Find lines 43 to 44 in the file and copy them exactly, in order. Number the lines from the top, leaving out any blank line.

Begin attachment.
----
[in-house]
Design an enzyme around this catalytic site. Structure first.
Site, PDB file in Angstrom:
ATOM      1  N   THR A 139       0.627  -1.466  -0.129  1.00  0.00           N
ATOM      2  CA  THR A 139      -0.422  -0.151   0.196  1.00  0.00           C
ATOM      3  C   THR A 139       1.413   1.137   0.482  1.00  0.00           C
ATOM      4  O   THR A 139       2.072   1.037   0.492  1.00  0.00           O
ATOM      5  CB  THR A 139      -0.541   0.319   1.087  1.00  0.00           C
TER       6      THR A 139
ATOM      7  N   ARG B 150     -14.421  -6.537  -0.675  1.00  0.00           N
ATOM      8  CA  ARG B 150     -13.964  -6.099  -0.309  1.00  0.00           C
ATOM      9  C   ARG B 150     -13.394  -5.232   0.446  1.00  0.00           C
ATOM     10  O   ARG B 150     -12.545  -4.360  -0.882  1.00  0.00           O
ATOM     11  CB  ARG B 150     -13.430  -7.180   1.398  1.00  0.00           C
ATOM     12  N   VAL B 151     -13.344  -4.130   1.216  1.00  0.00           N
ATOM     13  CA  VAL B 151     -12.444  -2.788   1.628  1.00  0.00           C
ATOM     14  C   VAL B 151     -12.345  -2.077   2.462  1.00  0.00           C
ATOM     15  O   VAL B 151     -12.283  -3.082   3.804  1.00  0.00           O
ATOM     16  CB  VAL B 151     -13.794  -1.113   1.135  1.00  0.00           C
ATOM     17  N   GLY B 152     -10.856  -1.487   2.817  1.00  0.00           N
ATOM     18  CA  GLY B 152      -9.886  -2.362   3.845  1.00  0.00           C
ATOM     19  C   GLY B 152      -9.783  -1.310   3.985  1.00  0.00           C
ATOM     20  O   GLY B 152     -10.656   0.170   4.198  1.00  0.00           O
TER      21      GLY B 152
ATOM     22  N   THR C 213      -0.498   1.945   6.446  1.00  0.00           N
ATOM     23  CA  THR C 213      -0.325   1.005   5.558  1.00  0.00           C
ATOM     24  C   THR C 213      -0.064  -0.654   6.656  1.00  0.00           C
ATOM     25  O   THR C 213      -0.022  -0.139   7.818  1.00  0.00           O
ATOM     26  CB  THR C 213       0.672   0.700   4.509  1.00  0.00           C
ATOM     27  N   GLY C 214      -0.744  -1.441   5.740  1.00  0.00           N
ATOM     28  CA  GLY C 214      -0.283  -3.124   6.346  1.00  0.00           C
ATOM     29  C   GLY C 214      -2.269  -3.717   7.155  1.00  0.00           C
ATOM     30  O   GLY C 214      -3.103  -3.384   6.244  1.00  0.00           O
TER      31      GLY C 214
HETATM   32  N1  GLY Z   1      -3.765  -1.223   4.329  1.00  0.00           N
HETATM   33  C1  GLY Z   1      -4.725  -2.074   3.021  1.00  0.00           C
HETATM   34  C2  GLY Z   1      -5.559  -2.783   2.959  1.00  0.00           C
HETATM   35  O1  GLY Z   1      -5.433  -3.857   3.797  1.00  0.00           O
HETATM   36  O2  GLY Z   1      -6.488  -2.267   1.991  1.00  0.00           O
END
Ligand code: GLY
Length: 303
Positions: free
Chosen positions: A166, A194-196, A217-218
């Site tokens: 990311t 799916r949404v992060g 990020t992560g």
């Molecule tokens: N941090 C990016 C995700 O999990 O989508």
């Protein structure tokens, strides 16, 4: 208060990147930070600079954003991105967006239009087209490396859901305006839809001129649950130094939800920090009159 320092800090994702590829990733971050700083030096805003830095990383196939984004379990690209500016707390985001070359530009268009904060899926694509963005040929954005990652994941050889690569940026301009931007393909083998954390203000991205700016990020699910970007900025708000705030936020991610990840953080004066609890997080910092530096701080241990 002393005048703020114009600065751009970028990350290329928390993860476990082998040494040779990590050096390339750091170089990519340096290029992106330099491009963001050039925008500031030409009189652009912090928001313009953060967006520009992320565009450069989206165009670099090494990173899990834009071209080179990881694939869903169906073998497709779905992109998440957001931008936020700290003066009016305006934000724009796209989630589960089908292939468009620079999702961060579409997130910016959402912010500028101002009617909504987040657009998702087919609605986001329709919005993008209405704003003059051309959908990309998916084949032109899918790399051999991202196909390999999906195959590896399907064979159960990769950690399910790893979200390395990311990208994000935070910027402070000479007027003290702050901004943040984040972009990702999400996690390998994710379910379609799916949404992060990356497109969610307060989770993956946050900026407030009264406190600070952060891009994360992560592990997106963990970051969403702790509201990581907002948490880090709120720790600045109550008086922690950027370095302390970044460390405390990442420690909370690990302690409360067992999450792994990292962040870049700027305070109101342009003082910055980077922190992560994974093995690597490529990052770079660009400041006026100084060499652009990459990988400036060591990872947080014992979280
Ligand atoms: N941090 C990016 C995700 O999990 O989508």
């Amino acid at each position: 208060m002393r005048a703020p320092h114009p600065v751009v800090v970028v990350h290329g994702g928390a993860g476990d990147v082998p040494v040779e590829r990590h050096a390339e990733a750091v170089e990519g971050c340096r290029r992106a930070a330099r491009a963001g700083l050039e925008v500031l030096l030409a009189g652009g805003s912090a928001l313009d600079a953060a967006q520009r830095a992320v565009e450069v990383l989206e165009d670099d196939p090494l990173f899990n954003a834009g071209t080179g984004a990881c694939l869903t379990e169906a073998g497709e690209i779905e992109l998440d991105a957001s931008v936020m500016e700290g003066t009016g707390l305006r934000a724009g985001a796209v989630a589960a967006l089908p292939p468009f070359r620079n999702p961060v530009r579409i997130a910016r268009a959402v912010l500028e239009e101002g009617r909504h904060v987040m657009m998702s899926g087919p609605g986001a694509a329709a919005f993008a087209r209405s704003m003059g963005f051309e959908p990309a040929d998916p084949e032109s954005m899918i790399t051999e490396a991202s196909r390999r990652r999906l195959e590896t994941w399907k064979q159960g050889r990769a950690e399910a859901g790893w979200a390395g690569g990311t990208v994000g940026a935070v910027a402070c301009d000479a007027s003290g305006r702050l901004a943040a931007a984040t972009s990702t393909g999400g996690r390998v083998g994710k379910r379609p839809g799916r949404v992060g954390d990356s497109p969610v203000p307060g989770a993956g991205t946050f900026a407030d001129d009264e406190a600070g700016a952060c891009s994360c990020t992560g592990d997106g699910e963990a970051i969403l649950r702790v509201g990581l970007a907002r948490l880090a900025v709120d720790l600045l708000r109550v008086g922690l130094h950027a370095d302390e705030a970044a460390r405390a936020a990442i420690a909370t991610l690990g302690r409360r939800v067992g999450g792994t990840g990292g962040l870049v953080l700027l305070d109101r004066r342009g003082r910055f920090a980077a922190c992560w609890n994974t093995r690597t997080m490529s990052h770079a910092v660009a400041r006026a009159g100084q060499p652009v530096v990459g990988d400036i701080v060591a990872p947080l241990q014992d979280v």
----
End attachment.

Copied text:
Positions: free
Chosen positions: A166, A194-196, A217-218